Save the Rhino
Today, I have just visited The Body Shop website, a place that, to me, on appearance is so very far removed from the inspiring world of Anita Roddick's dream. It's incredibly 'glam' and airbrushed glitz. Such a missed opportunity for L'Oréal I feel. In order to read anything about The Body Shop's ethos you have to scroll right to the bottom of the page, past all the Christmas promo, to the 'About Us' icon, which, after being clicked on is a disappointing read and you have to go onto yet another page to get the full feed. Personally, I feel now that the message is lost in a heap of advertisement, but in the 90s, the message was clear and very simple. Through all of their hard work and concentrated focus The Body Shop created a global community that everyone could identify with and I wonder (and hope) if we, as botanical artists, could do the same?

Sunday, 15 November 2015

They dry like poppadoms in the sun

One thing is for sure, and that is that I'm still obsessed with the Catalpa bignonioides tree growing in our back garden. Everything about it is fantastic. Its leaves, its long spooky pods and its entire form. I have always loved these Cigar Trees. There used to be a large specimen growing at the end of my road on Brick Lane. I loved that one too, but there is just something extra special about this one. 

Spooky beans of Catalpa bignonioides at night
Like the 'Whomping Willow' in Harry Potter, or a wet dog on the beach, it is now shedding its massive leaves in one big shake. Scattered across the sunlit lawn they dry like poppadoms. A fan of the Indian snack, I later come along and gather them all up, study them, select the best leaves and paint those. Here's the latest:

Inky Leaves studio
Inky Leaves studio

Indian Bean Tree
 Close up on another one of my Catalpa bignonioides poppadom leaves
Apparently, the name Catalpa derives from the Muscogee name for the tree, "kutuhlpa" meaning "winged head". Later on, between 1729 and 1732, the spellings "Catalpa" and "Catalpah" were used by Mark Catesby and then Carl Linnaeus published the tree's name as Bignonia catalpa in 1753. Giovanni Antonio Scopoli then later established the genus Catalpa in 1777. I wonder what represented the winged head on the tree?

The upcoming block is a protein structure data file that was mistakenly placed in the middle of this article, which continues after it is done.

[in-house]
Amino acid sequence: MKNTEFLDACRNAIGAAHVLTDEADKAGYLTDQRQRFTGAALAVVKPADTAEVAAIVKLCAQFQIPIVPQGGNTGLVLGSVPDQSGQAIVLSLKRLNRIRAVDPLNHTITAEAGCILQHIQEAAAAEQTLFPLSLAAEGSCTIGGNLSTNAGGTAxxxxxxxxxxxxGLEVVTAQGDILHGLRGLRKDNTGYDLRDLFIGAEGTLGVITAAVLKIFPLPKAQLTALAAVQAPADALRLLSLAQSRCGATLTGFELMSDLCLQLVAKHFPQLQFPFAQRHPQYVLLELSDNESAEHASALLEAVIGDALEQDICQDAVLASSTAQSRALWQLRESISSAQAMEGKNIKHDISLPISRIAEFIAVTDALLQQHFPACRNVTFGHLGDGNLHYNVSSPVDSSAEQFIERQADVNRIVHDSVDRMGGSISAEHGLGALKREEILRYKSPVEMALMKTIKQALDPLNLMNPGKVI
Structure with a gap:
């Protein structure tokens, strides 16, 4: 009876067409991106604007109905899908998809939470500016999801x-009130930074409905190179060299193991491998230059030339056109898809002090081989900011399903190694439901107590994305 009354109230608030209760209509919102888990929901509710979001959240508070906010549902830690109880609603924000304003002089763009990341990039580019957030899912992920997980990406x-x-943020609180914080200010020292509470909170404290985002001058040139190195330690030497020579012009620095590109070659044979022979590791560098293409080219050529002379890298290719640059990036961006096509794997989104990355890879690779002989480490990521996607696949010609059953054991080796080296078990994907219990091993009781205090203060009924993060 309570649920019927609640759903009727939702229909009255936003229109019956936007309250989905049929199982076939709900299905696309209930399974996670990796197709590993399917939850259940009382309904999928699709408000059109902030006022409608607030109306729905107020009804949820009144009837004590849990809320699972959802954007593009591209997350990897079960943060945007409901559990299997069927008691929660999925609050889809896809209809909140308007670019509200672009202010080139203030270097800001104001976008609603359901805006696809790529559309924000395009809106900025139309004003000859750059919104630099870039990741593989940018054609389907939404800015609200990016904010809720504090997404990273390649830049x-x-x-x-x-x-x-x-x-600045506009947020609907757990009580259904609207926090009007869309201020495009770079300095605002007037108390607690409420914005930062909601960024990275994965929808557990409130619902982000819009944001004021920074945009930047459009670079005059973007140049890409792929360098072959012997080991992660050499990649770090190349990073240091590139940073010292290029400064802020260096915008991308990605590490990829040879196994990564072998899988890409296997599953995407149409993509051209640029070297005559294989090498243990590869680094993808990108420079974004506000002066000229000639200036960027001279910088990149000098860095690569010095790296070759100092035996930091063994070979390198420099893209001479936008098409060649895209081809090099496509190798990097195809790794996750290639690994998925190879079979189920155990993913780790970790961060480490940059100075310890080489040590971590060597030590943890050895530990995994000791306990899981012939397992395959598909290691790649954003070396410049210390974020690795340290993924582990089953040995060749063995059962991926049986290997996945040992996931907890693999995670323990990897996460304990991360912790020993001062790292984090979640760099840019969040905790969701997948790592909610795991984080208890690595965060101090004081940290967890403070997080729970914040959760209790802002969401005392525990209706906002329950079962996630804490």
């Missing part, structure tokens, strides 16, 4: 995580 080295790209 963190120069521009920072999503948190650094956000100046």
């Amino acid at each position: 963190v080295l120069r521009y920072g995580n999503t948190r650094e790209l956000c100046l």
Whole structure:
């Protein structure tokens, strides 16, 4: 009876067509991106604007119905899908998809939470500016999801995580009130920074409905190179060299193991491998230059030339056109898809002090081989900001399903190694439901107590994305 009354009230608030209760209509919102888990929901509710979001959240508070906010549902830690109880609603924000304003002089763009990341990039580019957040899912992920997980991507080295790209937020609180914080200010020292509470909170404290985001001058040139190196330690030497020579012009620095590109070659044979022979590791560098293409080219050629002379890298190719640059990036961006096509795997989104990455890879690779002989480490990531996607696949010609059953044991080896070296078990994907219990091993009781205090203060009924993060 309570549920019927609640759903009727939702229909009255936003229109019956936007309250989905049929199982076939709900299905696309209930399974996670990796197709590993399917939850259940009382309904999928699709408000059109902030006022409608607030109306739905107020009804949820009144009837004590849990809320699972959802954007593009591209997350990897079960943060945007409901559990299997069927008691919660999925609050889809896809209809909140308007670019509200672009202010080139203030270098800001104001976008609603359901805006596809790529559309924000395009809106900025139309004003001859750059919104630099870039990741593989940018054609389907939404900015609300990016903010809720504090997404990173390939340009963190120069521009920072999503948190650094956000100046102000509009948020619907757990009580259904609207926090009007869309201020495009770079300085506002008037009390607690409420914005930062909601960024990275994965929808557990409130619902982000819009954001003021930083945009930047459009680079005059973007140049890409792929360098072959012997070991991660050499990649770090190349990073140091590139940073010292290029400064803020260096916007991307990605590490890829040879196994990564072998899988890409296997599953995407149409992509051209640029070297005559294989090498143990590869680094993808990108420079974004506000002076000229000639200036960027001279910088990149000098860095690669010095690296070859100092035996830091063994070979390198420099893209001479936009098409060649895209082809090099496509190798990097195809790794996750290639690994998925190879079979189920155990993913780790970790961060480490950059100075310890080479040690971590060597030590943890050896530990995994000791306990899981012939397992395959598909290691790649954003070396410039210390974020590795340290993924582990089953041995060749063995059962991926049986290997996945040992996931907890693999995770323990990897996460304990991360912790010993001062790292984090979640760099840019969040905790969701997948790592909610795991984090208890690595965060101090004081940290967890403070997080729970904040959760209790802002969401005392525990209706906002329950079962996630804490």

Observations #151115

One man in a cut field with a gun

One lady thrashing plants on the side of the road with a stick

Two men with radios

One man sitting on a wall looking pensive

Two dogs fighting

Two runners

One man throwing corn seed into a ditch

Two cyclists, both stationary. One at the start, one at the end

Observations,  11am on 15/11/15, Belicena, Granada, Spain

Hiroshima: after the explosion, shadows "fixed" in the walls and pavements 

It's been preposterously light here over the last seven days. A continuum of blue still dons every crown and seeps through the gaps until it’s halted by something opaque. Such is the nature of light, and I am once again rudely reminded that every light casts a shadow. What that shadow is, I am not entirely sure. I suppose it is just a different state of being. A wall can be in the sun in the morning and by afternoon not, but it is still a wall. Like a chameleon, it has just temporarily changed its skin. If there is light, then there are definitely shadows and so where there is light, there is darkness. On a metaphorical level, my greatest fear is that as I try to step closer into the light spiritually, someone or something else edges a little closer into the darkness.  Such is the impossible violence of light.

Still from the documentary film, The Effects of the Atomic Bomb on Hiroshima and Nagasaki, produced by Akira Iwasaki and Kihon Eigasa, 1945. Photographed at the Hiroshima Peace Memorial Museum's daily screening by slavick.

Sunday, 8 November 2015

Studio updates